Saturday, December 30, 2017


For Granville historians, here is a link to Digital Commonwealth's copy of a 1794 surveyor's map of Granville. The map is hand drawn and a little hard to read so use the "enlarge" function to get a close up look. You can also download a copy if you wish.  CLICK HERE



Noble & Cooley Center for Historic Preservation (NCCHP)

Media Contact: Elizabeth Smith, 860-830-1244,

Grant will support Preservation of 19th Century Historical Archives

Granville, MA: The Noble & Cooley Center for Historic Preservation (NCCHP) is pleased to announce that it has been selected by the National Endowment for the Humanities (NEH) to receive a 2018 Preservation Assistance Grant. The grant is one of 253 supported projects countrywide, 12 of which are in Massachusetts.

NCCHP's grant will be used to assess and preserve the unique and comprehensive collection of 19th century documents, records and books located at the NCCHP museum in Granville. With well over 100 years of material the collection paints a complete picture of life in the Pioneer Valley as the industrial revolution transformed American society.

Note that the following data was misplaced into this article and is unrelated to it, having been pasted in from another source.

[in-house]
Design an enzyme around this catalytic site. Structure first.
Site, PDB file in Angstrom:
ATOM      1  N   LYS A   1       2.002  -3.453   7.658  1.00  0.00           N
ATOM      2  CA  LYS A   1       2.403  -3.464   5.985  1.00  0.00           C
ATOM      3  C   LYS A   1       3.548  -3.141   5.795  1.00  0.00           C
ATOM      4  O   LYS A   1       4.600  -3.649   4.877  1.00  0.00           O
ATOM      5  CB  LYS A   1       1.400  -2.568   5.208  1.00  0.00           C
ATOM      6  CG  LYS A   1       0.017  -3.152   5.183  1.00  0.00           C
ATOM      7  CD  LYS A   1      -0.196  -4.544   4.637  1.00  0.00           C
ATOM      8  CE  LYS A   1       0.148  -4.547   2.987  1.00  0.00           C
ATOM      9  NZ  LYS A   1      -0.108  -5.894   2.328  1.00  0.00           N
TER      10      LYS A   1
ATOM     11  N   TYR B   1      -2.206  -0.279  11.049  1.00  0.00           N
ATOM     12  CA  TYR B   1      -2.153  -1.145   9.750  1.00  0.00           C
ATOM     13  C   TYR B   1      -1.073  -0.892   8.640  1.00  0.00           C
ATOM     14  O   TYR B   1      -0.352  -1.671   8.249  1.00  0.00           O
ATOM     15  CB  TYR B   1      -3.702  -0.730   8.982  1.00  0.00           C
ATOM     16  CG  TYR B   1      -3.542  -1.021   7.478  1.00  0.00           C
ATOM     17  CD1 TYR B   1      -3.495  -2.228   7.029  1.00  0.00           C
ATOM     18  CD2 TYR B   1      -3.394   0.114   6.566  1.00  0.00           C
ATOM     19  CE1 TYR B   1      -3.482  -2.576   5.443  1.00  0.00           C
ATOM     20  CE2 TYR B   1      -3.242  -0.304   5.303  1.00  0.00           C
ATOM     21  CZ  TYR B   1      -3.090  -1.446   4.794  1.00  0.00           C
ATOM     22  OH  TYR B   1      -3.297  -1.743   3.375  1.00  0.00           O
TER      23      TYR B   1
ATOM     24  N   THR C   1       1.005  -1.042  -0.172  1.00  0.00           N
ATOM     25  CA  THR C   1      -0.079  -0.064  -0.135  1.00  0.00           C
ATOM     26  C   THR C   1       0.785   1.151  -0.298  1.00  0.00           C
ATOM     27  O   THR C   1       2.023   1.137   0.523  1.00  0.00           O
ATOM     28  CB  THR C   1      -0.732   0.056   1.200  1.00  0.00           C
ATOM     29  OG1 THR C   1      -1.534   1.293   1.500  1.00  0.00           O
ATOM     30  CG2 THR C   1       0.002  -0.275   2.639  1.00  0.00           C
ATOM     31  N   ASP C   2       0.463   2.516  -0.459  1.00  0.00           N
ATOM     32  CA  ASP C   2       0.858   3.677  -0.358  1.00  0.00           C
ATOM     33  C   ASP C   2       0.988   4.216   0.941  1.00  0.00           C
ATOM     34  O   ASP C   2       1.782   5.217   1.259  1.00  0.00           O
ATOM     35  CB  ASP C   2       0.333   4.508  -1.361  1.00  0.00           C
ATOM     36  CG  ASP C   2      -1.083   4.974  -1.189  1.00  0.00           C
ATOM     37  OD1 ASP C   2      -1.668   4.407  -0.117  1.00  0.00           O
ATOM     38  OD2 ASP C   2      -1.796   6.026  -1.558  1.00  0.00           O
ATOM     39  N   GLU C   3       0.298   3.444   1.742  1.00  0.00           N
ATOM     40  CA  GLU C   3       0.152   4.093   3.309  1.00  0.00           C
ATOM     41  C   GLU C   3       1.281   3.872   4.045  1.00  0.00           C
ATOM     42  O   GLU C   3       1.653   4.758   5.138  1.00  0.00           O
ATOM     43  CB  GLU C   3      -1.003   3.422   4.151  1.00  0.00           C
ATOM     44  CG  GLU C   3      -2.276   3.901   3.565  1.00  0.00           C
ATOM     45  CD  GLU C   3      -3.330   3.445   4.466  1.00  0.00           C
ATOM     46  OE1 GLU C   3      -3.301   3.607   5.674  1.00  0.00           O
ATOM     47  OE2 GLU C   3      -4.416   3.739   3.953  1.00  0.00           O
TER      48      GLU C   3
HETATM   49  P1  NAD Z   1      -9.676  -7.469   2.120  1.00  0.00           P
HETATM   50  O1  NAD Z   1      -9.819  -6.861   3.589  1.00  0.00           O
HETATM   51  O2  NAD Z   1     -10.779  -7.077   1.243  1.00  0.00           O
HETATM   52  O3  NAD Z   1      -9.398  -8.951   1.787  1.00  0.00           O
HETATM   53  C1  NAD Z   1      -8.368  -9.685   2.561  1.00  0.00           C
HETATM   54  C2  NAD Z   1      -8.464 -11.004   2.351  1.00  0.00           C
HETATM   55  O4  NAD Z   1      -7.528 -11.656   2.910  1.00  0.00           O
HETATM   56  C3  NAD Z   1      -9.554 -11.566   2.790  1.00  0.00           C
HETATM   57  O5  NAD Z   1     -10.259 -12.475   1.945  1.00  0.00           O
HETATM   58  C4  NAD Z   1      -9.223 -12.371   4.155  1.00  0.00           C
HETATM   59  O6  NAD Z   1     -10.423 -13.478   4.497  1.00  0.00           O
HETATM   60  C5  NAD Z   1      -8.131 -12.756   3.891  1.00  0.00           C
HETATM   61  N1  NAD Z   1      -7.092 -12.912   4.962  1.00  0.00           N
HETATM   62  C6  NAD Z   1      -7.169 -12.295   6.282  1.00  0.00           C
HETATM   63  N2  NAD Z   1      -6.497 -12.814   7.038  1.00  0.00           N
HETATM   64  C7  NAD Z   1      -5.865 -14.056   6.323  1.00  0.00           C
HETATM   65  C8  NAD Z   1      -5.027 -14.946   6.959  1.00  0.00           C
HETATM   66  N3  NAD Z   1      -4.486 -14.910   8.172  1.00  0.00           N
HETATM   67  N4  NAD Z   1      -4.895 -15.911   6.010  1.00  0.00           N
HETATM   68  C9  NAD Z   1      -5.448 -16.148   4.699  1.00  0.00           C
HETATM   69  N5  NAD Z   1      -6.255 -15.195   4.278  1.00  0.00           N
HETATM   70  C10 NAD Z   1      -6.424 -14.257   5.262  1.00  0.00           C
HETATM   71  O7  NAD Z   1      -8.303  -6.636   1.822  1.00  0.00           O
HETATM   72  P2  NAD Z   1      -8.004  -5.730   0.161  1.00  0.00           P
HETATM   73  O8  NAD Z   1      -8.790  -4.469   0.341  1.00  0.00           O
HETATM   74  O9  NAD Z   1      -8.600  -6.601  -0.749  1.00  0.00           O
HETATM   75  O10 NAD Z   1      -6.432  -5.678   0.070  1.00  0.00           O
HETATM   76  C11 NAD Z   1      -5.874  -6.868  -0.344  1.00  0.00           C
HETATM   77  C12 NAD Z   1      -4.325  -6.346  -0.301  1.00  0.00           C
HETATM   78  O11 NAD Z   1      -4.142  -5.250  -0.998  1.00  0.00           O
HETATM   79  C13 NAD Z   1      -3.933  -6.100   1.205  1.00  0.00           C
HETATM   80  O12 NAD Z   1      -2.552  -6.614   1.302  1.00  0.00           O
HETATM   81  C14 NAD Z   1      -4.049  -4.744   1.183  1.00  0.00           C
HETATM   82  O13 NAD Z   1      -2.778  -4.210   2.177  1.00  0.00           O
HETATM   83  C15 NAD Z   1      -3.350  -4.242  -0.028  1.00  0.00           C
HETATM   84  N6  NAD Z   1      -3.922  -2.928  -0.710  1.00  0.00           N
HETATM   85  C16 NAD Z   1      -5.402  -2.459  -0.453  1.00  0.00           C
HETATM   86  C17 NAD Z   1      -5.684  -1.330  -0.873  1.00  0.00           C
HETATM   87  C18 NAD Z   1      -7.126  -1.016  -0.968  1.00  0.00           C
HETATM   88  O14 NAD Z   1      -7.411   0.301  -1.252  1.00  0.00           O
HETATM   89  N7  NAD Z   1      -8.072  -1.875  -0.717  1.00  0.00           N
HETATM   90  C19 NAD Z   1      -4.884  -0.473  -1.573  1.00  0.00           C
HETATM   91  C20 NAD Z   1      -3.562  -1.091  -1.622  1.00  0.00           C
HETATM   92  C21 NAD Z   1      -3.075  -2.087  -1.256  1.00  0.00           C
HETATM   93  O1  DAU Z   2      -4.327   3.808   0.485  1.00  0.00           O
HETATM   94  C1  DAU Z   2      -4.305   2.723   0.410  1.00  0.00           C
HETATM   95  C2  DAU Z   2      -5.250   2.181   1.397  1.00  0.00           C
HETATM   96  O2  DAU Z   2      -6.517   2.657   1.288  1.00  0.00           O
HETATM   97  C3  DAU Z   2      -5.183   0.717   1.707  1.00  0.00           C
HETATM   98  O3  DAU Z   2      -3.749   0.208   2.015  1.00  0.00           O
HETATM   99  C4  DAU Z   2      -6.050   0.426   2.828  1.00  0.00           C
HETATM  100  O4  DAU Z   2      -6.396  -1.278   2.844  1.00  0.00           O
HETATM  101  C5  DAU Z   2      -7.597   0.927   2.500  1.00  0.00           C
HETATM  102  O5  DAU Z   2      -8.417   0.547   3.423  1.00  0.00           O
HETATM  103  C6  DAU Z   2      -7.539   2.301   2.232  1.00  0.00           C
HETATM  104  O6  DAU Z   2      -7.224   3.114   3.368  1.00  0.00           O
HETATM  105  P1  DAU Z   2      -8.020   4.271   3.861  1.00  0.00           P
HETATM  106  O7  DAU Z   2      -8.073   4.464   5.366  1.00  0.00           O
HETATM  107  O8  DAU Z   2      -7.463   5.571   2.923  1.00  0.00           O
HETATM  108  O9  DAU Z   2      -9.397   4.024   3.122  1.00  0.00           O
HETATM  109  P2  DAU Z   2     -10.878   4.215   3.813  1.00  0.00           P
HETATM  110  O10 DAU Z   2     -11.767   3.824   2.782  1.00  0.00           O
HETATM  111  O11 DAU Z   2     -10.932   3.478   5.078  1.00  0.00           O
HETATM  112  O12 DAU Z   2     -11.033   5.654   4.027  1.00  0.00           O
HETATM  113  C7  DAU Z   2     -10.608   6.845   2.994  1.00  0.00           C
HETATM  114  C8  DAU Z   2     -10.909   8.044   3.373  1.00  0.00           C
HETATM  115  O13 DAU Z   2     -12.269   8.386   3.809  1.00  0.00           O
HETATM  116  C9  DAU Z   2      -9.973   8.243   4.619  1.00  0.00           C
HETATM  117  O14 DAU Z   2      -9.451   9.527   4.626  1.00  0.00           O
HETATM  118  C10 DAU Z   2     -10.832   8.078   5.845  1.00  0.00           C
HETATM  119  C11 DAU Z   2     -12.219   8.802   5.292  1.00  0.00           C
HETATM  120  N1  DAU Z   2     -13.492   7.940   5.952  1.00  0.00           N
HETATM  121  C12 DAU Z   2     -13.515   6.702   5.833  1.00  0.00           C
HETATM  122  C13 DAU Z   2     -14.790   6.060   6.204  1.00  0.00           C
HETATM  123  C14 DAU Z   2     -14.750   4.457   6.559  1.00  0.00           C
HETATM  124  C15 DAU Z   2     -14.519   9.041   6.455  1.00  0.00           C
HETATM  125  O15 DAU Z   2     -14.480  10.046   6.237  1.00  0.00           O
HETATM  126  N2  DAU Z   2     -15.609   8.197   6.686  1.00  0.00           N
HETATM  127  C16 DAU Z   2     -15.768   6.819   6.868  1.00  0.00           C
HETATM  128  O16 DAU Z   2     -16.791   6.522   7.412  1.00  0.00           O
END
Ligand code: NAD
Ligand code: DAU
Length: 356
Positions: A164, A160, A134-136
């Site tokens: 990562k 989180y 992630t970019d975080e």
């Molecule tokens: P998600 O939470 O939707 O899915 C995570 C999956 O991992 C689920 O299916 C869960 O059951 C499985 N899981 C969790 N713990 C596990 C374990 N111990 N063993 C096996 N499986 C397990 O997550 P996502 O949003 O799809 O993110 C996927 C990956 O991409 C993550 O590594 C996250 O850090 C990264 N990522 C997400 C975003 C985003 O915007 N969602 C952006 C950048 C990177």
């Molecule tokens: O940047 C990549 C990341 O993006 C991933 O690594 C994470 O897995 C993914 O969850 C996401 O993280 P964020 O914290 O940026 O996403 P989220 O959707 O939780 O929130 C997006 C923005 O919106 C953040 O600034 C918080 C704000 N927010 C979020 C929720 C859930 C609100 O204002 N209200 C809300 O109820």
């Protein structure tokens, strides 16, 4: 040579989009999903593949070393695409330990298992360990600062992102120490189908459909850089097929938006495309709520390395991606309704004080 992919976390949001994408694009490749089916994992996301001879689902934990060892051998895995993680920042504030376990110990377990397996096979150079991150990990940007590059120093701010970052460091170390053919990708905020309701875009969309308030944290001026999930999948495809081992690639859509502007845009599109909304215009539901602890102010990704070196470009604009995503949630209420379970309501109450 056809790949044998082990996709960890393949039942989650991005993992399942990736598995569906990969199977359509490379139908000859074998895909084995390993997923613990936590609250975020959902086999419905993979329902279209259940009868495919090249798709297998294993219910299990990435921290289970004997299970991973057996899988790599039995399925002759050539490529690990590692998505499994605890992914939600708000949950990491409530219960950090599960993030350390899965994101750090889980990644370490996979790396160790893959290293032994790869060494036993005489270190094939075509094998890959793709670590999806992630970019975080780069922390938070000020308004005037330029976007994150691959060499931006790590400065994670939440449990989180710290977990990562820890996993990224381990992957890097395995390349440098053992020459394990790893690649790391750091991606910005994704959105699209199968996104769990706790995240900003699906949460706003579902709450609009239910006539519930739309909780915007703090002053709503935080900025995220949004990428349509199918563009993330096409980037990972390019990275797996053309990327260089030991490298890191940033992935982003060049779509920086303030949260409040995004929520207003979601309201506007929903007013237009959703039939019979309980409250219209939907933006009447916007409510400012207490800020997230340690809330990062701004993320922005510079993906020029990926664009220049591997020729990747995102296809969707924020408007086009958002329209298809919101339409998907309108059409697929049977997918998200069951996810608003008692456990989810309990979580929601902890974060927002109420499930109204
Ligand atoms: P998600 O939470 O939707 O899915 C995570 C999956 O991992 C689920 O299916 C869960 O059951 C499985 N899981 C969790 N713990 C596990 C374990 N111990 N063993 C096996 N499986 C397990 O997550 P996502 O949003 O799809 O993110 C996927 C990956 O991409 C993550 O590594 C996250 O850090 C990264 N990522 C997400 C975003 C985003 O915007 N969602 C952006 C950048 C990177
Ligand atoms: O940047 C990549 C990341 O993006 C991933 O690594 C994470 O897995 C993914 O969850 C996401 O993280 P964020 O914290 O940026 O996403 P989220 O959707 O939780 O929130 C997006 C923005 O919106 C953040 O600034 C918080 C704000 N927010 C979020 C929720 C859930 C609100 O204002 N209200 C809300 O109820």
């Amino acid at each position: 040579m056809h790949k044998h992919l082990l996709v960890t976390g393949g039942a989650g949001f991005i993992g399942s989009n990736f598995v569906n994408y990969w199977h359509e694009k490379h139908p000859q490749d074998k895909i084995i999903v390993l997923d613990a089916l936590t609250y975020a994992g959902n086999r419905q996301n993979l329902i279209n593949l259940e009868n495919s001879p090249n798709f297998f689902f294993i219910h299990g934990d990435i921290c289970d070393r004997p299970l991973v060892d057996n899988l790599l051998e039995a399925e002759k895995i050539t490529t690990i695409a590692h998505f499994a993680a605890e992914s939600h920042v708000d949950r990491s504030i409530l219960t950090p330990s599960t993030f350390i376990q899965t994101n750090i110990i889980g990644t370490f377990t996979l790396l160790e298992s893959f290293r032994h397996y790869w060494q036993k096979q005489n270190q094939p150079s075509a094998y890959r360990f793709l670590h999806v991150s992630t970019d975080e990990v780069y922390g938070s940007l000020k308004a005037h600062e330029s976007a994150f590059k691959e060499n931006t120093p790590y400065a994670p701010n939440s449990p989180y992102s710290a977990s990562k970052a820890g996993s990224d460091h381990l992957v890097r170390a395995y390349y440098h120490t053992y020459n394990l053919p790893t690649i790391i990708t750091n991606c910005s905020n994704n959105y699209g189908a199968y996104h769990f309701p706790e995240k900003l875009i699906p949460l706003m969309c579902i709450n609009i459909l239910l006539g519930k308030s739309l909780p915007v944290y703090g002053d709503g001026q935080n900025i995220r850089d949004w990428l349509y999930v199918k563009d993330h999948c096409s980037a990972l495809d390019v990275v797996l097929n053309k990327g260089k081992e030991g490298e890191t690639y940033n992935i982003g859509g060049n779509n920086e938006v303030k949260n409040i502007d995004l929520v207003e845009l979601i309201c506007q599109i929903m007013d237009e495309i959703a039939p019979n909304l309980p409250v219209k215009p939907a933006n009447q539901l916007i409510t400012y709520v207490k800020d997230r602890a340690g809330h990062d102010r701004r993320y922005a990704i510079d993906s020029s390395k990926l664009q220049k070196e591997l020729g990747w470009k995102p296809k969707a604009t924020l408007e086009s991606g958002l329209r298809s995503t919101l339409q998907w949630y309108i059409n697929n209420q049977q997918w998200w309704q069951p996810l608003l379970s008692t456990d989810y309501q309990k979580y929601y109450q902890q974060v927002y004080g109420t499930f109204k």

"We are grateful to the NEH for selecting NCCHP," said Matt Jones, NCCHP President. "Our mission is to tell the story of Yankee ingenuity in the Pioneer Valley, and we depend heavily on our archives to tell that story in the actual words of the people who came before us. The NEH grant will help preserve this important history for generations to come."

The NEH grant will also bring preservation experts to Granville to provide training in archival preservation techniques. These sessions will be offered to other non-profit preservation organizations in the area. Further details will be announced later in 2018.

CLICK HERE to link to the NEH press release.


About the Noble & Cooley Center for Historic Preservation: NCCHP is a non-profit museum located at 42 Water Street in Granville, MA. Additional information is available at